The ‘soft opt-in’ rule applies to the negotiation of a sale, therefore an actual sale is not required.
A customer logging into a company’s website to browse its range of products or services does not constitute the negotiation of a sale. However, if a customer completes an online enquiry form asking for more details about a product or service, this could be enough to constitute negotiations.
A customer sending an enquiry to ask a company if it can order a specific product could be considered negotiations. But an enquiry to ask if the company is going to open more branches in a particular location is not.
The ‘soft opt-in’ rule does not apply to prospective customers or new contacts (e.g., from buy-in lists). It also does not apply to non-commercial promotions, e.g., charities, fundraising, or political campaigns. These require specific consent.
Sole traders and some partnerships are treated as individuals, and thus, the above rules that apply to individuals would also apply to these sole traders and partnerships. The Regulation 22 consent requirements do not apply to email marketing sent to any corporate body.
Regulation 22 prohibits a person or organisation from sending or instigating the sending of unsolicited email marketing messages. Thus, you cannot get around the rule by asking people to forward marketing messages to friends or to provide you with their friends’ contact details.
Can I use marketing lists?
You are allowed to use bought-in marketing lists and you can create your own marketing lists; however, you are still required to comply with all marketing regulations, which can be particularly tricky when using bought-in lists.
Bought-in marketing lists
Bought-in marketing lists are impractical for recorded call, text, and email marketing, which all require the individual to have given specific consent to receive the particular type of marketing from you. You must also satisfy yourself that any list you use is accurate and the data was collected fairly and that the consent is specific and recent enough to rely on.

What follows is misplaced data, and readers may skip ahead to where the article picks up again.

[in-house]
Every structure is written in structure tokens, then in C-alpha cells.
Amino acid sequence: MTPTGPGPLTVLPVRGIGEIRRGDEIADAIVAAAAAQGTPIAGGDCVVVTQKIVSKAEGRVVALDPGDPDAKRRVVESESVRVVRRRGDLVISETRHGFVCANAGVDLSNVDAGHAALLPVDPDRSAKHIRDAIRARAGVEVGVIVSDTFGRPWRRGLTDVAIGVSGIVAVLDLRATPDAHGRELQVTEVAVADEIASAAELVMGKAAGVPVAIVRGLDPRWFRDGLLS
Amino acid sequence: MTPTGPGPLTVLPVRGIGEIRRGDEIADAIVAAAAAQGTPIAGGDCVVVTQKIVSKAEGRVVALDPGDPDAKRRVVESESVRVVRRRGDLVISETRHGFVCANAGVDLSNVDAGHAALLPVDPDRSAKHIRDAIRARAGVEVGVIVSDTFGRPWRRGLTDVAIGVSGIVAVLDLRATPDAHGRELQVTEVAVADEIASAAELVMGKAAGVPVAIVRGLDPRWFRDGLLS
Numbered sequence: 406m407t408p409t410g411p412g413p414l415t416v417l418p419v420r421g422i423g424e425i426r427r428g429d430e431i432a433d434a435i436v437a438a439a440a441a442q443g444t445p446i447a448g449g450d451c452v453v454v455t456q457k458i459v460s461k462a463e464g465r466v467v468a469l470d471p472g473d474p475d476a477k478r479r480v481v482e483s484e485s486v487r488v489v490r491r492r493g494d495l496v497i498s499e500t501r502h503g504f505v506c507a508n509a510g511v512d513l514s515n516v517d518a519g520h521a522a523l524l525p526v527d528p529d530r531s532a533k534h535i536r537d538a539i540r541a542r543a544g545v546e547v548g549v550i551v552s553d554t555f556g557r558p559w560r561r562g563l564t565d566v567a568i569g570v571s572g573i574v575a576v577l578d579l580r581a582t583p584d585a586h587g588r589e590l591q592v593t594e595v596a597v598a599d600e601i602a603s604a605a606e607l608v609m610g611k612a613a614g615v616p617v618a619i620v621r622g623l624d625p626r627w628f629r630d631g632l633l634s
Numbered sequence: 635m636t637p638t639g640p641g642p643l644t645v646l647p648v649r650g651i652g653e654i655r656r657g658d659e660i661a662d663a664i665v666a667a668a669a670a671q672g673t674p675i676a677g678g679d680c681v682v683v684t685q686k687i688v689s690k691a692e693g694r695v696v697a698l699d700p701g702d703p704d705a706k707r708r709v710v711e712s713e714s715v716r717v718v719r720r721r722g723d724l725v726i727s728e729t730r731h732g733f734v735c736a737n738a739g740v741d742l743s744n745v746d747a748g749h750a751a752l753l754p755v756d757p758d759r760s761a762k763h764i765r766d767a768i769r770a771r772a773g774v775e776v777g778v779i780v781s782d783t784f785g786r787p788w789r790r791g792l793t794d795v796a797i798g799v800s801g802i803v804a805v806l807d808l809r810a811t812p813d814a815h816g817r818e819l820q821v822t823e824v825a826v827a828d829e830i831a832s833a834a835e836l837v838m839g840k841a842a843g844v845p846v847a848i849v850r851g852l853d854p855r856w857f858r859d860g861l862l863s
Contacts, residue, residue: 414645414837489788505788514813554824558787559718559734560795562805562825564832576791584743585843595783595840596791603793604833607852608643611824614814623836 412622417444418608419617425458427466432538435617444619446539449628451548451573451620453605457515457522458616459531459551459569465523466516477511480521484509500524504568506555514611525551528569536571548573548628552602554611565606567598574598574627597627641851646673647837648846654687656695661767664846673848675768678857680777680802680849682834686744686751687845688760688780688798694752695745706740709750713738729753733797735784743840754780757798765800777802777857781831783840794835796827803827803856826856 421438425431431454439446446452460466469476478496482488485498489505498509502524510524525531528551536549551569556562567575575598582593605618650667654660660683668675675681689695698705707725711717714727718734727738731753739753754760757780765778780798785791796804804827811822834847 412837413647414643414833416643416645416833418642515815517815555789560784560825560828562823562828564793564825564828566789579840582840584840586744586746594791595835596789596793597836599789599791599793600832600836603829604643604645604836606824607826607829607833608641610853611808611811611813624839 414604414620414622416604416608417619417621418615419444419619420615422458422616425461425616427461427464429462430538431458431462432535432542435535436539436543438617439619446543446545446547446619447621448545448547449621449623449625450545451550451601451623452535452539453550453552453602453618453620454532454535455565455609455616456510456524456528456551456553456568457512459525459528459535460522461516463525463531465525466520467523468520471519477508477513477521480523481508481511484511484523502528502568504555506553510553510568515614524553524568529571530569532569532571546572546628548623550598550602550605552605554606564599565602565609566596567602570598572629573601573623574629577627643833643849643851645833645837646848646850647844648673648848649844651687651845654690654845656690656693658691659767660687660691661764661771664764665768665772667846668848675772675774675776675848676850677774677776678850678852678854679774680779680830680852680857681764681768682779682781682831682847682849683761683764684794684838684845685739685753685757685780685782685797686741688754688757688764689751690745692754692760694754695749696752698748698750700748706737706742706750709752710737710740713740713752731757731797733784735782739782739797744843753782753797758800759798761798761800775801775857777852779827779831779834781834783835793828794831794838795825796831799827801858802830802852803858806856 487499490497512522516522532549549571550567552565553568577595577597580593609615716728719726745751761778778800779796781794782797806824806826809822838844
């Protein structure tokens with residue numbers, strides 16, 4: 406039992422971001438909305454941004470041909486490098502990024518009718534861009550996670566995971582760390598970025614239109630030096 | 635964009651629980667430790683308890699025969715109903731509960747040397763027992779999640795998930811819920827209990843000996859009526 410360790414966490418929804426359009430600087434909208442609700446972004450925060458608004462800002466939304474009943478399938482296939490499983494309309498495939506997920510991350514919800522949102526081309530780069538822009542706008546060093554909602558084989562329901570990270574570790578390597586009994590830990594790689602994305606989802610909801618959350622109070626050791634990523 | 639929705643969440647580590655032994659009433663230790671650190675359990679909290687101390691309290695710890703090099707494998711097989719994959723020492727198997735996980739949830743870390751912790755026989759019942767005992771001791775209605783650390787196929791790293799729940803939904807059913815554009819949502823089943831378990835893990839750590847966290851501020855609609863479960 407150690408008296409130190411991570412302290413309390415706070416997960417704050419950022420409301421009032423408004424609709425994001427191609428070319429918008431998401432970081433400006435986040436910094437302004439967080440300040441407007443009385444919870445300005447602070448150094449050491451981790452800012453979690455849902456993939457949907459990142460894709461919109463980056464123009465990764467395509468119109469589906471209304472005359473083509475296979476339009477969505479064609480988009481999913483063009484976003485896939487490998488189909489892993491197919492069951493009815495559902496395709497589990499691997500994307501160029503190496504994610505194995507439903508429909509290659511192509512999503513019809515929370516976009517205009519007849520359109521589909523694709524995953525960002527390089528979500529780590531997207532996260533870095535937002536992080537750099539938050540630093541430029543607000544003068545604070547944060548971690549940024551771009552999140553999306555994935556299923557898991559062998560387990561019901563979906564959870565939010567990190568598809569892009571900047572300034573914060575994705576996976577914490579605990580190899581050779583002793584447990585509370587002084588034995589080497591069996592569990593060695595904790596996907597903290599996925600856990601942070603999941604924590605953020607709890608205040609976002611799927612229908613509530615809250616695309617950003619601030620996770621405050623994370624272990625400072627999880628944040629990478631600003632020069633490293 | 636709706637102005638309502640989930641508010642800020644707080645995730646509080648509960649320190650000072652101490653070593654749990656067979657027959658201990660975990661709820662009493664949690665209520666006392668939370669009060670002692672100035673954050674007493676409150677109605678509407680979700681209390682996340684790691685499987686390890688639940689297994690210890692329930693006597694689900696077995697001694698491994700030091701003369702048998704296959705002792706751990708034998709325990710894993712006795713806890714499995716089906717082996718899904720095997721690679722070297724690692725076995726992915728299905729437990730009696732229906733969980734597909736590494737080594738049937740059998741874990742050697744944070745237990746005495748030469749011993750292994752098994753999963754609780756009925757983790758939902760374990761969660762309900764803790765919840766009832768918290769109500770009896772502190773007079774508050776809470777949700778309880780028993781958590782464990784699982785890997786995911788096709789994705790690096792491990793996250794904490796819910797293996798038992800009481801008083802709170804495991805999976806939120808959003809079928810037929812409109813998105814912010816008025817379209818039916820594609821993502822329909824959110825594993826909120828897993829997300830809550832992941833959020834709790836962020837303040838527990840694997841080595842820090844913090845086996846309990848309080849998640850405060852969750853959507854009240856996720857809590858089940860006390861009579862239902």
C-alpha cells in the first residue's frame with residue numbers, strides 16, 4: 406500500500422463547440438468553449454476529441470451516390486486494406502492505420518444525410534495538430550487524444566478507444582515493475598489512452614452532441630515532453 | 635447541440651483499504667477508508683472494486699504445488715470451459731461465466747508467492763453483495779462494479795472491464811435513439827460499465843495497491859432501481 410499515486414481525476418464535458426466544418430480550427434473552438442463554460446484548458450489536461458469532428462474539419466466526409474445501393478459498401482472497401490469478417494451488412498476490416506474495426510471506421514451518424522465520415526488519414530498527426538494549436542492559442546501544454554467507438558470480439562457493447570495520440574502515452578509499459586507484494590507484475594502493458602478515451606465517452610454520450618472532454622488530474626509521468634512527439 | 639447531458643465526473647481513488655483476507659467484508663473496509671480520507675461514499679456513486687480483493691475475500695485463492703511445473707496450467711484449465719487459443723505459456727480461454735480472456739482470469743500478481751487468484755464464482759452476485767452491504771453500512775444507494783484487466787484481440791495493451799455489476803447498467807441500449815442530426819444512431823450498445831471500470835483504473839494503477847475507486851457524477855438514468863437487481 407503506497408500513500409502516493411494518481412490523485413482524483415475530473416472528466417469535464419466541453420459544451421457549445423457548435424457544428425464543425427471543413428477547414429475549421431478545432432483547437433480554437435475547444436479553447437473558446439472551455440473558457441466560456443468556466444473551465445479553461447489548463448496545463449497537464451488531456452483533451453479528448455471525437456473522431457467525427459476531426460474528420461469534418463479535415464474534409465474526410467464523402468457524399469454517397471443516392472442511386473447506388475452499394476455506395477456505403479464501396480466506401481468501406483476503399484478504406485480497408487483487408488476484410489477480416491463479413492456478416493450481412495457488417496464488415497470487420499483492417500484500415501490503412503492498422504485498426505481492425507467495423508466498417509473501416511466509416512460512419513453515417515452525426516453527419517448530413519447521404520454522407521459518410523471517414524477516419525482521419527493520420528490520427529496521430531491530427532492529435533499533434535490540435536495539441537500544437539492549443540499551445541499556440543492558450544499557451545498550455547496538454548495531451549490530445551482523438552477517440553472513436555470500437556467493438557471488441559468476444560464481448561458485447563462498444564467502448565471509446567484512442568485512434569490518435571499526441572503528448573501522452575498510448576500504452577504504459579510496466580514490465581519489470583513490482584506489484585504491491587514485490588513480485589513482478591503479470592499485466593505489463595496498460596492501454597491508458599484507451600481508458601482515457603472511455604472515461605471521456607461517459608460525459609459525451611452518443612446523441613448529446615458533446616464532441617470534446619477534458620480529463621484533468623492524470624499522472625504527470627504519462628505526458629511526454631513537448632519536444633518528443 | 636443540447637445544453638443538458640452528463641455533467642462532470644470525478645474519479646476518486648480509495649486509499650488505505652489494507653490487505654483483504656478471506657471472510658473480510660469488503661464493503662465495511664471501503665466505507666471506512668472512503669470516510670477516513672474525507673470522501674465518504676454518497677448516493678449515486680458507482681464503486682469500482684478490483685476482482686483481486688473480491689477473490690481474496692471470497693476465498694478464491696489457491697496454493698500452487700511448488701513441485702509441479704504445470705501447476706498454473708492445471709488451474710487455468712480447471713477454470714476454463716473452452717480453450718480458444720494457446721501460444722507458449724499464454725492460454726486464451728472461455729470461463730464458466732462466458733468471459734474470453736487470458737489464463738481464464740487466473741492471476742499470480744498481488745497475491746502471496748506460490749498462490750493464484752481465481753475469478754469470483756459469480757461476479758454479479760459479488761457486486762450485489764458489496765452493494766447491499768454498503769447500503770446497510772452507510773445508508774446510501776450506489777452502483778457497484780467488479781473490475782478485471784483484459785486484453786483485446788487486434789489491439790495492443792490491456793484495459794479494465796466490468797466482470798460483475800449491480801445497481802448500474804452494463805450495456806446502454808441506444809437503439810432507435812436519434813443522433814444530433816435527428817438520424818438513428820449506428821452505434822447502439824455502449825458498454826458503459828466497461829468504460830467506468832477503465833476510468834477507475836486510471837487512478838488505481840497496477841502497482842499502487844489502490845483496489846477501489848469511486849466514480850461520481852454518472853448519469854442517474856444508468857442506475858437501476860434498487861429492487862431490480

Compiling your own marketing lists
Using the details of people who previously bought goods or services from you or who have registered through your website or made an enquiry is a great way to compile a marketing list. However, you cannot assume that because someone provided his contact details, he is happy to receiving marketing from you. You should make it clear upfront that you intend to use his details for marketing purposes. The easiest way to get clear consent is to use opt-in boxes for each type of marketing message you intend to send, e.g., text, email, phone. To ensure you are compiling an accurate and up-to-date list, record when, how, and what type of marketing consent you received. It is also important to note whether it is an individual or a company, as different rules apply to each. If you do not know whether it is an individual or a company, assume it is an individual and comply with the more strict rules.
Sharing marketing lists
Responding to objections or opt-outs
As soon as someone objects to or opts-out of your marketing messages, you should add him to your “do not contact” list. You can send an immediate reply confirming his unsubscribed status, but you may not contact him in the future even to ask if he would like to opt-in again. When someone objects or opts-out, you should not delete his information altogether, instead you should add him to your “do not contact” list, to ensure he will not be contacted in the future by mistake. This is particularly important if you buy new leads or marketing lists, as his details may be on a new list.
What are the risks of non-compliance?
The Information Commissioner’s Office is tasked with the enforcement of the PECR. Enforcement measures include: audits, criminal prosecution, and monetary penalties up to £20,000,000. The ICO publishes quarterly updates on enforcement measures taken.
Fortunately, you can mitigate these risks by taking proactive steps to ensure your business is PECR compliant. Here are some key actions:
Review your electronic communications practices: Identify areas where you might be in breach of PECR, such as unsolicited marketing emails or cookie consent procedures.
Develop and implement a compliance plan: Create a roadmap to achieve and maintain PECR compliance. This should include data governance policies, employee training, and regular audits.
Seek expert advice: If you're unsure about any aspect of PECR compliance, consult with a legal or data privacy professional.
By prioritizing compliance and protecting user privacy, you can avoid the risks associated with PECR non-compliance and build trust with your customers and stakeholders. Remember, data privacy is not just a legal requirement, it's also good business practice in today's digital world.
KNOWLEDGE BASE Email Marketing In The UK